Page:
Title: The relationship between social and hierarchical communication networks in rural emergency response

Authors: Michael E. Long; Bernard P. Brooks; Patrick N. Morabito; Jennifer L. Schneider; Jessica W. Pardee

Addresses: Chester F. Carlson Center of Imaging Science, College of Science, Rochester Institute of Technology, 54 Lomb Memorial Drive, Rochester, NY 14623, USA ' School of Mathematical Sciences, College of Science, Rochester Institute of Technology, Rochester, NY 14623, USA ' Department of Mechanical Engineering, The Kate Gleason College of Engineering, Rochester Institute of Technology, Rochester, NY 14623, USA ' Civil Engineering Technology, Environmental Management and Safety Department, College of Applied Science and Technology, Rochester Institute of Technology, Rochester, NY 14623, USA ' Department of Sociology and Anthropology, College of Liberal Arts, Rochester Institute of Technology, Rochester, NY 14623, USA

Abstract: Natural or anthropogenic disasters affect individuals regardless of their ethnicity, social status, or other individual attributes or characteristics. However, the situation can be further complicated in the case of a local volunteer responder. Dual conflict can arise when the emergency volunteer is both a responder and in some way a victim. This dual conflict is especially prevalent in rural communities where the responder is a member of a tightknit community. Consequently, if a hierarchical communication network exists to cascade information to members of the emergency responders' system, we ask: how is the cascading of information affected by this dual obligation? This study examines the impact of such behaviour on information flow and time-to-knowledge for an ordered hierarchical network in competition with a social network. The model demonstrates the impact on information dissemination of both the structure of the responder hierarchy and the rate at which the responders fail to conform to that hierarchy.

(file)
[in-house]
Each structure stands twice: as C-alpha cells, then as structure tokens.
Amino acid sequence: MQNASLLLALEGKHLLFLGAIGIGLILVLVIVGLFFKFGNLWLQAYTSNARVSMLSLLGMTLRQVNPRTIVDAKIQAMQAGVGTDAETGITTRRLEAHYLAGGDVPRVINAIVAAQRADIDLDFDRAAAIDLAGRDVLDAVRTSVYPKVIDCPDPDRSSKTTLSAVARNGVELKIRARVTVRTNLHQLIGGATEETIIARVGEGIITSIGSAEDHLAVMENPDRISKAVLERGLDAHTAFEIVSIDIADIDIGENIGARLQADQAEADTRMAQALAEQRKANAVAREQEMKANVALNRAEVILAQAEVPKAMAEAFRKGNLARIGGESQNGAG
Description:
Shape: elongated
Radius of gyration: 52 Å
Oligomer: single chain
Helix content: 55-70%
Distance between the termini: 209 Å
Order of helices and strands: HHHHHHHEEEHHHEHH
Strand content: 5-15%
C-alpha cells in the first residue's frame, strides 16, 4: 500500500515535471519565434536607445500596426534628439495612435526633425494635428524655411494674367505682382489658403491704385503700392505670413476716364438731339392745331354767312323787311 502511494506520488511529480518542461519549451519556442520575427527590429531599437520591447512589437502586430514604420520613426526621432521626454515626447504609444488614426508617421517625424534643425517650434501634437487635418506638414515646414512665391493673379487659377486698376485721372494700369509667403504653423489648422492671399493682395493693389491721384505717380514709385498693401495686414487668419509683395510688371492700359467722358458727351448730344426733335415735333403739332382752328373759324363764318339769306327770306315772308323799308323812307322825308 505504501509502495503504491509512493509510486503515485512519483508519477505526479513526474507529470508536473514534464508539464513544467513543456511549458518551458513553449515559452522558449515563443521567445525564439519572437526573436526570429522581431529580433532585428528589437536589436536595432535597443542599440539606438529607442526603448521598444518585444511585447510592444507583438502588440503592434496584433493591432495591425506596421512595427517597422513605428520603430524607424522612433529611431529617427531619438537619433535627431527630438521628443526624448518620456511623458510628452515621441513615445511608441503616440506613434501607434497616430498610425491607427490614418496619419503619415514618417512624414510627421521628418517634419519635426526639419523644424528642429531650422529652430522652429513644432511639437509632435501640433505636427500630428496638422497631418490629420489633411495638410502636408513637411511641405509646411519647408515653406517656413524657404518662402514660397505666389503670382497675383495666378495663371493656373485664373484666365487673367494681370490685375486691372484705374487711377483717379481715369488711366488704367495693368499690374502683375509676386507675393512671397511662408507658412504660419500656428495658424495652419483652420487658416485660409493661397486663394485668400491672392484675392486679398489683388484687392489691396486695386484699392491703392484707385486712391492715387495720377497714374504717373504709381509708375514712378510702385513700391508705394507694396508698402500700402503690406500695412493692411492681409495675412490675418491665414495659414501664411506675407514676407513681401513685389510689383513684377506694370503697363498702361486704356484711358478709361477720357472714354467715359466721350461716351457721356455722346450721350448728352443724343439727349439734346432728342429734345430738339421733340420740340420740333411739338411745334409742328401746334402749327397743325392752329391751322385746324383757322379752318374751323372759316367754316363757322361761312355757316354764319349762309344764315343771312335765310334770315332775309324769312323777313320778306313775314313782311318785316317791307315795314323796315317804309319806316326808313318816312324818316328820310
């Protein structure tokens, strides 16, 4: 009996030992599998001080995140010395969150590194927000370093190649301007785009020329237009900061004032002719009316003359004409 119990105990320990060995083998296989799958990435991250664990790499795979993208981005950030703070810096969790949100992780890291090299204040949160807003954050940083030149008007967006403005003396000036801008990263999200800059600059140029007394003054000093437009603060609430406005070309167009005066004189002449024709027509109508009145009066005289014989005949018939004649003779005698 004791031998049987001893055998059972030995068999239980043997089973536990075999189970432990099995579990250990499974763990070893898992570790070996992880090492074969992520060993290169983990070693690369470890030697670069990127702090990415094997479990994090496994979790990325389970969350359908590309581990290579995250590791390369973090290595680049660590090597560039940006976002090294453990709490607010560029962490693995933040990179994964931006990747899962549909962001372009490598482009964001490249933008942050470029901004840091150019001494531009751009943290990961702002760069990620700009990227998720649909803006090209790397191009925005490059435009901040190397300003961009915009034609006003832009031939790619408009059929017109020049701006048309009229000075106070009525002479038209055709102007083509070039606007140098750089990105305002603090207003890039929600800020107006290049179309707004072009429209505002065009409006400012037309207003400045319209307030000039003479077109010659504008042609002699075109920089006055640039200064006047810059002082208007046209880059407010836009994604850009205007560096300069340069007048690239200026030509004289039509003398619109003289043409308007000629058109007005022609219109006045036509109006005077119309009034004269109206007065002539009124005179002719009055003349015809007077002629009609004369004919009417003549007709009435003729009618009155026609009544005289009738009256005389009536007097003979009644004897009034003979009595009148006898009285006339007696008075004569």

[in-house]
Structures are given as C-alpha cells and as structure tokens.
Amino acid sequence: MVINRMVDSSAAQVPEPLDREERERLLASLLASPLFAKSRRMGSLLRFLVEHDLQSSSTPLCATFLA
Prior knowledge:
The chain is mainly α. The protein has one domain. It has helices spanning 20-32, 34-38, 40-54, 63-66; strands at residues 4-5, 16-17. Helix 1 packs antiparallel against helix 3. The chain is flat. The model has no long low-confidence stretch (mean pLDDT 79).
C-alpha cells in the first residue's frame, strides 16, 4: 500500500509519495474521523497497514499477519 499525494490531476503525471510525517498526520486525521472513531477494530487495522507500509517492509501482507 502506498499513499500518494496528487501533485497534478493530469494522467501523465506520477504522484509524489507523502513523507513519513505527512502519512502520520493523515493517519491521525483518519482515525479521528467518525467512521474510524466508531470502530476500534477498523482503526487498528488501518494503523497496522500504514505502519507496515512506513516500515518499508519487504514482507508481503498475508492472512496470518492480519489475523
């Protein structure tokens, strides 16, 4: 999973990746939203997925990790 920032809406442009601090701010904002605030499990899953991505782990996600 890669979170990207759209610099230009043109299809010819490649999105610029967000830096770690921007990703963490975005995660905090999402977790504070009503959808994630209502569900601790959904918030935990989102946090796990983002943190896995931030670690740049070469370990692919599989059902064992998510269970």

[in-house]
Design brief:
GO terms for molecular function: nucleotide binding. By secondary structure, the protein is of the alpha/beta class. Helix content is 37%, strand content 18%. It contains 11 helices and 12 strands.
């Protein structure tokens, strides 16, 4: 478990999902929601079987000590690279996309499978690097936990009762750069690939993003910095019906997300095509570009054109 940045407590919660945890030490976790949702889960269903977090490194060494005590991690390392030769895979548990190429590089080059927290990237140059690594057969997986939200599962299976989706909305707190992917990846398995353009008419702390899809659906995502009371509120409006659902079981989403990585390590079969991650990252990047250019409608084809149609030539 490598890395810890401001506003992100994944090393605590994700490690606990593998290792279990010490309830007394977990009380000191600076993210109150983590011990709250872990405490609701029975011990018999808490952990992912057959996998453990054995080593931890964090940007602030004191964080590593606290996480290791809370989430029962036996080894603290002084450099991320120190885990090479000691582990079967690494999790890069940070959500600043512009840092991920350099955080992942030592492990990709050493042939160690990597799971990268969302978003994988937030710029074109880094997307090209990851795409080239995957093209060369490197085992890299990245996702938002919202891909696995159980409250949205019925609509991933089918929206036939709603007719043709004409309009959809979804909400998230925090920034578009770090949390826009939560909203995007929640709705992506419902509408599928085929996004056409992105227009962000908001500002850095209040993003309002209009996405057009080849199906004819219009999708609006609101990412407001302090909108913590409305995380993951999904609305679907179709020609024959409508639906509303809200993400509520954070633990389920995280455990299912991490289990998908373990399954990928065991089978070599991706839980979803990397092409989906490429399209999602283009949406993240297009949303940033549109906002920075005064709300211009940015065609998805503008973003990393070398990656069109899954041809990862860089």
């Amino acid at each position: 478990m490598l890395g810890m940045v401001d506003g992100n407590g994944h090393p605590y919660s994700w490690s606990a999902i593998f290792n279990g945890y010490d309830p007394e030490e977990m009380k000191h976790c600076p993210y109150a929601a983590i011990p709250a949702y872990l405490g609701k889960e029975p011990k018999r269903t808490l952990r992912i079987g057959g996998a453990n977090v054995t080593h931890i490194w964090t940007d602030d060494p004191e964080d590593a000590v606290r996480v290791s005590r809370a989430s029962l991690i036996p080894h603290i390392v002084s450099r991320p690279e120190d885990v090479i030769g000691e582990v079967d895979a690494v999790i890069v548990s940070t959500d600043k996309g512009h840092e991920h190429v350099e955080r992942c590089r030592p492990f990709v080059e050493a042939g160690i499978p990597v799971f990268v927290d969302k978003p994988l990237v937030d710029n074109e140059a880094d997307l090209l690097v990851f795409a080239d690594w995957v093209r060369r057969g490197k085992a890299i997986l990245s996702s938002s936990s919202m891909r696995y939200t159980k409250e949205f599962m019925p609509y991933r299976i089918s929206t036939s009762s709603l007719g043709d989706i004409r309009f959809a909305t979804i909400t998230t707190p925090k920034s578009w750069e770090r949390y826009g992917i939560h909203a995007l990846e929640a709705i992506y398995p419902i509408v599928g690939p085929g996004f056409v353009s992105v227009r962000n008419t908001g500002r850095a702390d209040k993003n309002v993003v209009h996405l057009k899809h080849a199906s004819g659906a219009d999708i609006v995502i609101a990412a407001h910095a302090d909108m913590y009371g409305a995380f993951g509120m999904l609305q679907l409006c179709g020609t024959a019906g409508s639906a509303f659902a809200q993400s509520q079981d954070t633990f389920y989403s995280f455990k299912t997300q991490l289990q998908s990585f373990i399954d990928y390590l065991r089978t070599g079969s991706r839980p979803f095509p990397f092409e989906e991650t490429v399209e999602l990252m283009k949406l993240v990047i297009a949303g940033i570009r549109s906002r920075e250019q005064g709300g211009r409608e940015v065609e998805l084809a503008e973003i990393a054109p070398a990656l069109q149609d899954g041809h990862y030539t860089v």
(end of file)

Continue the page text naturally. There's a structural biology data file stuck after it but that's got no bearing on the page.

Keywords: hierarchical networks; small world networks; cell phones; mobile phones; agent-based modelling; agent-based systems; multi-agent systems; MAS; local volunteers; emergency responders; emergency management; disaster management; rural areas; communication networks; USA; United States; social networks; emergency response; rural communities; cascading information; information flow; time-to-knowledge; information dissemination.

DOI: 10.1504/IJEM.2014.066185

International Journal of Emergency Management, 2014 Vol.10 No.2, pp.122 - 134

Accepted: 12 Mar 2014
Published online: 03 Mar 2015 *

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